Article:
I can think of a better film that manages to touch on adoption in a positive manner. The Bruk family of Montana, for instance. Their story is told in The Rabbi Goes West. For a limited time, you can currently watch the film through the Gene Siskel Film Center. This is just one story. There are Jewish agencies that do focus on Jewish adoptions.
I had low expectations going into the film because I saw the dreck that Hallmark came up with last year. These are not Chanukah movies and while I keep hoping they get better, Hallmark just doesn’t learn. It’s just another example of: how to get Jewish people watching holiday movies on Hallmark. Listen, there are so many potential ideas out there for Chanukah or, you know, THE OTHER JEWISH HOLIDAYS THAT ACTUALLY DO GET MENTIONED IN THE TORAH. The only reason why Chanukah gets so billed up in December is because people think it’s a major holiday because it falls in December. No, the major Jewish holidays fall in the month of Tishrei. Plus, the two spring and summer holidays, Pesach and Shavuot. Change seasons for the Southern Hemisphere. And I still haven’t touched on the things they did wrong!
Here’s how billed up Chanukah is: I once had a co-worker ask me why I was working on Chanukah. They knew I took the days off for the Jewish holidays in the fall (because those are required by the Torah). I had to explain how Chanukah is a minor holiday where we are allowed to work and use our electronics. Media that helped to raise up Chanukah in such a level, this is all your fault. Not to get all Oliver Queen on you but you have failed our religion! The only reason gift-giving started was so that children wouldn’t feel left out during this time of year!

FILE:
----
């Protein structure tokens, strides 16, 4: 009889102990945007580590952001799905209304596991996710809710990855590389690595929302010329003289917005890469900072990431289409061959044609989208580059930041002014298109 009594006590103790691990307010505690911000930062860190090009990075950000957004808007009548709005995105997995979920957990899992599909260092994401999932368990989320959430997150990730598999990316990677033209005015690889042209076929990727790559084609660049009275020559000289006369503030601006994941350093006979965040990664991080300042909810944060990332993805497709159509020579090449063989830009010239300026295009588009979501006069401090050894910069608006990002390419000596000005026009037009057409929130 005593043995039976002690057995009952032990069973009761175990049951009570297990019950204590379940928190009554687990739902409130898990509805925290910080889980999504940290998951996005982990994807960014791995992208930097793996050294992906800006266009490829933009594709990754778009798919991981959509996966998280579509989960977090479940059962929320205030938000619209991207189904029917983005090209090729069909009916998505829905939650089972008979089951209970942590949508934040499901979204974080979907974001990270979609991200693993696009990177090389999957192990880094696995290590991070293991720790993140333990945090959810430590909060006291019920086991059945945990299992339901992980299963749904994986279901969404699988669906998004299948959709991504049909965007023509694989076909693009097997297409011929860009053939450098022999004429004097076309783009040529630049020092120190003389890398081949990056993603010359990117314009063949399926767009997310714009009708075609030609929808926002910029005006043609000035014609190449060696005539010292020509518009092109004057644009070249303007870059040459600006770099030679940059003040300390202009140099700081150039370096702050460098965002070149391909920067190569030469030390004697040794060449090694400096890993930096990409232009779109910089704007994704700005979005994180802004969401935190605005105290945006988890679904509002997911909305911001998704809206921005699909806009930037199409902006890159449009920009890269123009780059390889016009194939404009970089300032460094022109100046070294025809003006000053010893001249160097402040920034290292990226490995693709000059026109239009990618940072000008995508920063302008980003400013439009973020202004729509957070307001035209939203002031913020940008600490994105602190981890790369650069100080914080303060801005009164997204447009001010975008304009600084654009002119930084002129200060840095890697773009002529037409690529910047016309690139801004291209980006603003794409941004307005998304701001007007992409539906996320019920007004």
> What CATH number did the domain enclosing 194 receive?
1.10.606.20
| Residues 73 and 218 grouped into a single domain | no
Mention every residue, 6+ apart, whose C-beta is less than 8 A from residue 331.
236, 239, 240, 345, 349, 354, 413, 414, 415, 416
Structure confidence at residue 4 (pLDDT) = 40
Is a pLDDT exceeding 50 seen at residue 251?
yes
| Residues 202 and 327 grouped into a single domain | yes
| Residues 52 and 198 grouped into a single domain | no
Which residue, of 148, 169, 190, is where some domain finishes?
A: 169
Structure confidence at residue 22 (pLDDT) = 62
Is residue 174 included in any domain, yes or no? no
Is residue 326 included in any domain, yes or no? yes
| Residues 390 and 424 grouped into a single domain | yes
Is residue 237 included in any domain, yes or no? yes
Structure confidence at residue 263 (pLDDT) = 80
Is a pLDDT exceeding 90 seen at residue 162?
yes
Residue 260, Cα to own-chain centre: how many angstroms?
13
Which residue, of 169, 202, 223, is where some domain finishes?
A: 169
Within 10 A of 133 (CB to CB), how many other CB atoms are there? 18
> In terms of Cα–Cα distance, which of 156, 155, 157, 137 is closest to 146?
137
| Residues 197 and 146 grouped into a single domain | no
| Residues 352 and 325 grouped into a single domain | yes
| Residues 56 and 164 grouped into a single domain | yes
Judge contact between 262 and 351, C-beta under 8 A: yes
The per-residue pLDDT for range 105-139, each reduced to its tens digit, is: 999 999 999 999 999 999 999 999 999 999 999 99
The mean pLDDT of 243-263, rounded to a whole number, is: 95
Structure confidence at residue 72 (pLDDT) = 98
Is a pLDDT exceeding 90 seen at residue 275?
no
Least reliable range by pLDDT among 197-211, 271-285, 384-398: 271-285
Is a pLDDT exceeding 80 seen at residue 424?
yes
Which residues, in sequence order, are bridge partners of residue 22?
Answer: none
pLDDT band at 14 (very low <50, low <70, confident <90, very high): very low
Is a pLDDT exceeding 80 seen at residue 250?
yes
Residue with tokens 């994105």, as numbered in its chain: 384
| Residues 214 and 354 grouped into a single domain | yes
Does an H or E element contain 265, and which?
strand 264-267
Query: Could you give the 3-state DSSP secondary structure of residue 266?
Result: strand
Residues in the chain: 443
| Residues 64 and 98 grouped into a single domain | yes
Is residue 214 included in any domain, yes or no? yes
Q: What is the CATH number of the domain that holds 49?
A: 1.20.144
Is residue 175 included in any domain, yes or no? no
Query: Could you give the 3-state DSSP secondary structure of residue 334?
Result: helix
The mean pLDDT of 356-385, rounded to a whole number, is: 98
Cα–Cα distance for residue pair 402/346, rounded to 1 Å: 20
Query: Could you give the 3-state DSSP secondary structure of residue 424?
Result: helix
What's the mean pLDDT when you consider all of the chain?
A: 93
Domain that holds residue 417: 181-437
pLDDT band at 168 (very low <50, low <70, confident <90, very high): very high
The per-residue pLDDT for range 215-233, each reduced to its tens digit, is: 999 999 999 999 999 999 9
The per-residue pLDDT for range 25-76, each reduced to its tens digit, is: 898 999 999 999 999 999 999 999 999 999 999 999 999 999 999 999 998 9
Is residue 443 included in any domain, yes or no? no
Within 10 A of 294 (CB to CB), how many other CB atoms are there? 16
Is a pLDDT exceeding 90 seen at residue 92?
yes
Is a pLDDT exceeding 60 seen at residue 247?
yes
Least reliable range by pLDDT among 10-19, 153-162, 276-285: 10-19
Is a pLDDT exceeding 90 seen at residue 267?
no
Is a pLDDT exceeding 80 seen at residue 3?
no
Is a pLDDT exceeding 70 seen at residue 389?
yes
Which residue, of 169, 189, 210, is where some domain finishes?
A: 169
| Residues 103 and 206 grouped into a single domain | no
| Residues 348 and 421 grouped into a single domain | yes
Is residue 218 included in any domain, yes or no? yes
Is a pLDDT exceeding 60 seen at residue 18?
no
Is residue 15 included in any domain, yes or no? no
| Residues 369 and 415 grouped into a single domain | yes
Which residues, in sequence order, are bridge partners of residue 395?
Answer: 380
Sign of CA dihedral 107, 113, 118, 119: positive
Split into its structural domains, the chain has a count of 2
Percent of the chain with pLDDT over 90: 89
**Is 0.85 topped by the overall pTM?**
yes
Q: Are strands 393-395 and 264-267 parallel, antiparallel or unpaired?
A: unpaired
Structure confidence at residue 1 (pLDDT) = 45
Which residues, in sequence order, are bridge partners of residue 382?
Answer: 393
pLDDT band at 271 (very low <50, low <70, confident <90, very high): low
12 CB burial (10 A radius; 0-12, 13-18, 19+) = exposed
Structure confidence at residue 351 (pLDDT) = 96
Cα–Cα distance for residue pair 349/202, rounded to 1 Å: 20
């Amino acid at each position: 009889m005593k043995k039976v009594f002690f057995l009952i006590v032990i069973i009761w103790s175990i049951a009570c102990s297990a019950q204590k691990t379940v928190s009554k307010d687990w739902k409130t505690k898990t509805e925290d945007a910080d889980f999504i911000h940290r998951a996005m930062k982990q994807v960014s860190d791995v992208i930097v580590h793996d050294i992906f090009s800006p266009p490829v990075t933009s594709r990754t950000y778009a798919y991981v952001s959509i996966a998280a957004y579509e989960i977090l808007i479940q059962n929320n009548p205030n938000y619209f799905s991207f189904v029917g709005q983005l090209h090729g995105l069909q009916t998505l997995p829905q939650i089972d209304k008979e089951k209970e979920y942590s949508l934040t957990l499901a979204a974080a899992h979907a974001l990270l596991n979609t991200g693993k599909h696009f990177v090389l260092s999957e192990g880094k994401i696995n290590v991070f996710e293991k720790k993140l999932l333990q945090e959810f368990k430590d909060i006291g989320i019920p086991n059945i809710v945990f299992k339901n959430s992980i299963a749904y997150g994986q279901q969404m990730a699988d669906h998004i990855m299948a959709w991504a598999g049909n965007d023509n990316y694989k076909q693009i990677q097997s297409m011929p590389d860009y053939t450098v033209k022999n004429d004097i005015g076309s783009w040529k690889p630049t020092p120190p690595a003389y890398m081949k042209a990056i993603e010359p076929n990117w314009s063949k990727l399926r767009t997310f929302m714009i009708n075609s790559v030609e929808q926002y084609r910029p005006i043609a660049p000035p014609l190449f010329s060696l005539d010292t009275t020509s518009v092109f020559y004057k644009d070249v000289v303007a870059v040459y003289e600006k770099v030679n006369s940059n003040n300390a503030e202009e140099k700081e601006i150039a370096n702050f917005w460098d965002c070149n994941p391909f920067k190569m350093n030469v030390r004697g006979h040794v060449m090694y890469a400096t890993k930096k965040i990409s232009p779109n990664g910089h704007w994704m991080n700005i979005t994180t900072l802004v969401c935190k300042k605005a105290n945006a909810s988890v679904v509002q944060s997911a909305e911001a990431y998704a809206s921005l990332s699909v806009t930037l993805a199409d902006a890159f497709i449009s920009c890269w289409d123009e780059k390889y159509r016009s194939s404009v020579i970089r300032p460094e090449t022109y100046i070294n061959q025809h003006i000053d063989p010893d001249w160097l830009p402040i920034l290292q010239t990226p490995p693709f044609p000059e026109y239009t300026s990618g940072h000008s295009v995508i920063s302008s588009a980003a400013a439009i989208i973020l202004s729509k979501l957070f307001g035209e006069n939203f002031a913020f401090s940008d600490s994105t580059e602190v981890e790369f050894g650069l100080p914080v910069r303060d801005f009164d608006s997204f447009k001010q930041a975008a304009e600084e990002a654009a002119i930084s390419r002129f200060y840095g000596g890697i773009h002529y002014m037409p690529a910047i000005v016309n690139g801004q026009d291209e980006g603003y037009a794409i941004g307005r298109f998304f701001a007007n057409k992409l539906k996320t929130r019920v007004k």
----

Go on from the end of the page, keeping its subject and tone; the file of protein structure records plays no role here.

Let’s talk about wreaths. Jewish homes do not have wreaths. These are a Christian custom to celebrate the Advent, which also represents the second coming. Just so you know, Jews are still waiting for Moshiach to come. This is an extreme failure in production design and every Jew in the cast had a responsibility to speak up the very moment they saw this. The moment I saw a wreath on the Jewish home made me so angry that I didn’t even bother to look for a mezzuzah on the door. Come on! This is just another example of trying to gentile-fy Jews so that their homes won’t stand out on a street full of homes with Xmas lights. It’s beyond offensive. DO BETTER!
Moving onto candle lighting. Jewish custom for Shabbas and Yom Tov is to light before reciting the blessing. The Chanukah custom is to light AFTER the blessings. It is not customary to light after the first blessing on night one. You have to wait until after reciting the third blessing before lighting. On all other nights, you must wait until after completing the second blessing before lighting. Whereas this film completely butchers the candle lighting altogether. DO BETTER!
Love, Lights, Hanukkah is another shanda for the Hallmark Channel as they continue to put Xmas into Chanukah.
DIRECTOR: Mark Jean
SCREENWRITER: Karen Berger
CAST: Mia Kirshner, Ben Savage, and Marilu Henner